Minimum wage Russia

A guide to minimum wage in Russia

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Minimum wages in Russia vary significantly between Russian cities, although the government also sets a federal Russian minimum wage. What wages in Russia can you expect as an expat?

While the minimum wage in Russia set by the federal government has grown significantly in the last couple of years, it still remains well below minimum wage levels across Europe. If you're looking at jobs in Russia, however, you will find many high-level positions advertised with wages in Russia that are significantly higher than the minimum wage.

From 1 May 2018, the Russian minimum wage will rise to ₽11,163 per month, from ₽9,489. This increase might sound significant, especially given the minimum wage was only ₽7,500 in 2017 – but it still actually only equates to around €150 each month. 

The low Russia minimum wage reflects an economy that shrank between 2014–17 with wages in Russia dropping by more than 9% in 2015 alone. While the Russian government said the economy grew by between 1.4 and 1.8% in 2017, concerns remain about GDP growth in a country where some 14% of people live in poverty, according to official state statistics and the World Bank.

There is some consolation for workers in Russia living in the biggest cities, however, as local governments can set their own minimum wages. As such, Russian minimum wage levels in cities such as Moscow and St Petersburg are considerably higher than many other regions.

Russia minimum wage

Russian minimum wage 2018

The minimum wage in Russia is reviewed every six months, and there have been significant increases on each of the last three reviews.

The latest increase, which raises levels to ₽11,163 in May 2018, represents an increase of nearly ₽2,000 a month – with the Russian government claiming that lower income earners will make 43% more than they earned last year.

A report in the Moscow times in spring 2018 suggests that while there are good news stories coming from the government about the country climbing out of recession, real wages in Russia have actually decreased for four straight years.

Minimum wage in Russia per hour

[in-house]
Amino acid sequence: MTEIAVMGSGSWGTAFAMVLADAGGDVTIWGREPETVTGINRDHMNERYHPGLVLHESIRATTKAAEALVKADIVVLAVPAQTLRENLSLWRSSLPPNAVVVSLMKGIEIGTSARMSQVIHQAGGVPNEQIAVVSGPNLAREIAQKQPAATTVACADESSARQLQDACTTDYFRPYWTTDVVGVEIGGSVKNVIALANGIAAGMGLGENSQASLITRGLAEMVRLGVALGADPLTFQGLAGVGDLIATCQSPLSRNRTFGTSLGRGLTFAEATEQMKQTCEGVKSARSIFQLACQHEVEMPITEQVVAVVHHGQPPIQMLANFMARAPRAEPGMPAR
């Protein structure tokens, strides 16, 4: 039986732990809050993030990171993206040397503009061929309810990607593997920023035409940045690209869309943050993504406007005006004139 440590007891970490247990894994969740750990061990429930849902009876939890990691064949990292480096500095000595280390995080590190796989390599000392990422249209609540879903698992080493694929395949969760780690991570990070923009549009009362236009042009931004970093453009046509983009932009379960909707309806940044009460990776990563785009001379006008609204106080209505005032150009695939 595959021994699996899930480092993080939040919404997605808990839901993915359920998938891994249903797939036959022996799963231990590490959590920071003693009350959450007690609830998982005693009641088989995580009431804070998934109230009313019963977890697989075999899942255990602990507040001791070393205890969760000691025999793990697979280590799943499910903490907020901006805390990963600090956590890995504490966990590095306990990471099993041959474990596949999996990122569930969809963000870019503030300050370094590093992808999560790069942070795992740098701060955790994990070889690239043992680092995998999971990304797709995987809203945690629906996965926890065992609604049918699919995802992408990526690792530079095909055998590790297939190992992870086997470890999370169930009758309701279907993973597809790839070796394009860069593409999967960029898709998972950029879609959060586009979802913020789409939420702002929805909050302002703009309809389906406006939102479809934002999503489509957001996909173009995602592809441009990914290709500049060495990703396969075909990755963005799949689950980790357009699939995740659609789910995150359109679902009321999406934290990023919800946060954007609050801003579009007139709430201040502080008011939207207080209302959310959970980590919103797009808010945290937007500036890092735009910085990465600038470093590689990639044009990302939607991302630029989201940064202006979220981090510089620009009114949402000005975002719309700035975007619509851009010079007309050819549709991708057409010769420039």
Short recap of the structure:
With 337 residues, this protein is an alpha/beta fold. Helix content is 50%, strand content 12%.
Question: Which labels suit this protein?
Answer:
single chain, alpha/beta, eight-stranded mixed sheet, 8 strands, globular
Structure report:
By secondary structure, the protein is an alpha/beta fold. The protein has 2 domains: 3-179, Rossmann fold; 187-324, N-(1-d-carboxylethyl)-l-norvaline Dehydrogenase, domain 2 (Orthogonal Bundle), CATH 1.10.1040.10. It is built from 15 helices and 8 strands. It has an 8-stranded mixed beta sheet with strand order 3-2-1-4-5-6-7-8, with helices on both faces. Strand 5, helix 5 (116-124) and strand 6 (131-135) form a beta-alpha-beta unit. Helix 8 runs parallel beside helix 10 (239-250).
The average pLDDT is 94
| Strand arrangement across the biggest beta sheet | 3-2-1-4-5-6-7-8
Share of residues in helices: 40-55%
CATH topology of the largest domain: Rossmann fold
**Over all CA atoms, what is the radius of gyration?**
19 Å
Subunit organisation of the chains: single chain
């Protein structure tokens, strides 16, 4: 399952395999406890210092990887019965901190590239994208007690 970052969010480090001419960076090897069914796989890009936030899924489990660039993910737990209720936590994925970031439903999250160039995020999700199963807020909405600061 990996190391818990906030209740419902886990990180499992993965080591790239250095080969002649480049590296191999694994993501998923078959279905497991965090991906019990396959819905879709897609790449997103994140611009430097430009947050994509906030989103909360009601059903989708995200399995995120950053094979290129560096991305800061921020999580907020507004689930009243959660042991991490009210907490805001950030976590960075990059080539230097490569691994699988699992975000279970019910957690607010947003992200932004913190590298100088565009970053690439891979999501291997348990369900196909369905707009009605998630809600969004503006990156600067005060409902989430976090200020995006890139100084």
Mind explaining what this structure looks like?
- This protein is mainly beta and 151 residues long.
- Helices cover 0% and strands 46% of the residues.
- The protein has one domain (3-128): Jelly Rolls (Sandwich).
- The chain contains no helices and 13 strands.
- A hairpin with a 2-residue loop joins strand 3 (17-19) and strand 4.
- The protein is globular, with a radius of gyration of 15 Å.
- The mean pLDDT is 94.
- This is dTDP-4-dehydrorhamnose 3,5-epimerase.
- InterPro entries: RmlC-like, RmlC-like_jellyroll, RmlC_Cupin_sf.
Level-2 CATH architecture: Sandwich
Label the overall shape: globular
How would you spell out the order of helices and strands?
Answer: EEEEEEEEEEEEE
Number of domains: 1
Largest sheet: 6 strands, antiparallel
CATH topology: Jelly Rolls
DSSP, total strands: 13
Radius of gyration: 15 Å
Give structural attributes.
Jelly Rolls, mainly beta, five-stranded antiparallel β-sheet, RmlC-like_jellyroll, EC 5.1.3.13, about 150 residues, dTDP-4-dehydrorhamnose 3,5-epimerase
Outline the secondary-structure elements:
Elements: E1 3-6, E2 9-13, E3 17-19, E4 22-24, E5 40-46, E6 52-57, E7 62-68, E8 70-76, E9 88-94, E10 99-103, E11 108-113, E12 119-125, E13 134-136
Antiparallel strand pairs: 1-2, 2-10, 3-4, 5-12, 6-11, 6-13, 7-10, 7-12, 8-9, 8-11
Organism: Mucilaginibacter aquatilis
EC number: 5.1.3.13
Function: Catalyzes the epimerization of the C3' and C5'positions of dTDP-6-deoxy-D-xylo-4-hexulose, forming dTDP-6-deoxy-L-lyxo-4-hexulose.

With an average 40-hour work week, a minimum wage in Russia per hour can be estimated at around ₽64.40 (around $1.04 or €0.85 per hour).

Minimum wage in different Russian regions

While there is officially a federal Russian minimum wage, the levels vary significantly across the country due to local government agreements. Major cities such as Moscow and St Petersburg and regions with significant natural resources receive the highest wages in Russia, while the lowest average wages are typically paid in regions such as North Caucasus and South Siberia.

Minimum wage in St Petersburg

From January 2018, the minimum wage in St Petersburg increased to ₽17,000 (approximately €250), from the previous rate of ₽16,000.

Any employers in St Petersburg (excluding those financed by the government) must pay the minimum wage unless they have an agreement with the trade unions.

Minimum wage in Moscow

The minimum wage in Moscow is currently ₽17,561 per month (€278 per month). The mayor announced the current minimum wage in September 2016, and the wage represented the first increase since November 2015.

The minimum wage in Moscow is based on local government calculations on the cost of living, which it claims is ₽17,561 a month for able-bodied adults, ₽10,833 for pensioners and ₽13,259 for children.

Conditions for wages in Russia

Although minimum wages in Russia are considerably lower than Europe, workers have certain rights to generous holidays and overtime wages in Russia.

Employees who work weekends are usually given an additional day off, or on some occasions are instead entitled to a double-time wage for the day. In terms of working overtime, the first two hours of an overtime shift should be paid at time-and-a-half, and any hours thereafter should be paid at double time.

According to the Russian Federation’s Labour Code, the full-time working week shouldn’t exceed 40 hours. Some groups of workers (such as students, disabled people and single parents) are allowed to take on part-time or temporary jobs, and in some cases have their salaries supplemented from the state’s Social Insurance Fund.

In addition to paid Russian public holidays (including the 10 days between New Year and Orthodox Christmas), Russian employees who work full-time are allowed 28 days of paid holiday each year, as long as they have been in their roles for six months. While employees can generally choose how many days to take off if they request in advance, a single 14-day period off work each year is mandatory.

Read Expatica's guides on finding jobs in Russia, Russian business culture and how to get a Russian work permit.

Click to the top of our guide to Russian minimum wage.

 

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